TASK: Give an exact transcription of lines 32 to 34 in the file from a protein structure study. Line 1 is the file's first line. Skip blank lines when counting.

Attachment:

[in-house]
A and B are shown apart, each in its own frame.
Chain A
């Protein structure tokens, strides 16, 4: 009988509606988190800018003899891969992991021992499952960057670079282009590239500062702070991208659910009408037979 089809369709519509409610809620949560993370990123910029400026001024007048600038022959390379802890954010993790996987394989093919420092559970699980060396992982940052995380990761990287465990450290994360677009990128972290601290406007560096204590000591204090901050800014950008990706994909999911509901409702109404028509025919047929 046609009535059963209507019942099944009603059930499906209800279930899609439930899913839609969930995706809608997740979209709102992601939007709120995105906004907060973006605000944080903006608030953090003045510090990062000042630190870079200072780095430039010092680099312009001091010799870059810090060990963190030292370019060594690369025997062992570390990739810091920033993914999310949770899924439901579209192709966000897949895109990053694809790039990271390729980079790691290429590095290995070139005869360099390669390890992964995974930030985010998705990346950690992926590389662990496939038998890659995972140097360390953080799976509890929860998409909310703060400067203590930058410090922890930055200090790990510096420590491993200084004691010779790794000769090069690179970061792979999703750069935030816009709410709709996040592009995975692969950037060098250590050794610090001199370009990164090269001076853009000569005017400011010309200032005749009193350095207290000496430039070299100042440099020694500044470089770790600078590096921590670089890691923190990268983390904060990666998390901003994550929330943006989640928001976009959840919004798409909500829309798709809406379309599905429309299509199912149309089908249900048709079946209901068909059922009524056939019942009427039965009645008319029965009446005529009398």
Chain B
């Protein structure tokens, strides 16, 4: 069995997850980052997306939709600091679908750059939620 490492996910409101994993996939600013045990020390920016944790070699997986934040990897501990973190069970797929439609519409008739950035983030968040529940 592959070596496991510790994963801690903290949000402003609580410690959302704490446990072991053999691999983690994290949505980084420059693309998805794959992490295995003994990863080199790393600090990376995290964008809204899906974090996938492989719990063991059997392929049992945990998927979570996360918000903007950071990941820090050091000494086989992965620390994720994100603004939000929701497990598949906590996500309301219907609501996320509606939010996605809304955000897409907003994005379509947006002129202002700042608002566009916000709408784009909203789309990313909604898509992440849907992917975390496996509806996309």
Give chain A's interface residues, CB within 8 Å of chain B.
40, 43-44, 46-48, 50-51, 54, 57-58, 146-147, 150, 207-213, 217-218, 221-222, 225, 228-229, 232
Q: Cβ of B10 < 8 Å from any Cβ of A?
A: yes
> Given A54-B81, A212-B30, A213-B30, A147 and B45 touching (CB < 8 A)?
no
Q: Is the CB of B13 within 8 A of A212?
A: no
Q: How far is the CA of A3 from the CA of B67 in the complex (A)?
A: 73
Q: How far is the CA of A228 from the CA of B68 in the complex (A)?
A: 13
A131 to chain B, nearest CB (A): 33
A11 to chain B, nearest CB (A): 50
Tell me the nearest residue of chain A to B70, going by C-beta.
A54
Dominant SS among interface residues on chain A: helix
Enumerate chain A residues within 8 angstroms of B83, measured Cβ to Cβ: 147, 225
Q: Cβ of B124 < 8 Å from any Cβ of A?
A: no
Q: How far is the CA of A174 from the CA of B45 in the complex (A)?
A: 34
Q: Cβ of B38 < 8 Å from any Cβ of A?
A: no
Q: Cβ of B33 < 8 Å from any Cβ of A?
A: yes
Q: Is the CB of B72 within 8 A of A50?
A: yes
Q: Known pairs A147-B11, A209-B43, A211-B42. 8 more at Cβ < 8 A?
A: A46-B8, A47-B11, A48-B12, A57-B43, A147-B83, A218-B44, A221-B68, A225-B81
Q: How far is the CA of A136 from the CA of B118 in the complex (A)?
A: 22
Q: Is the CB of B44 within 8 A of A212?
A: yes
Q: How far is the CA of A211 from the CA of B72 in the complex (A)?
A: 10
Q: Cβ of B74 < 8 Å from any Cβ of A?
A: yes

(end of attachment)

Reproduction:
A: yes
Q: Is the CB of B72 within 8 A of A50?
A: yes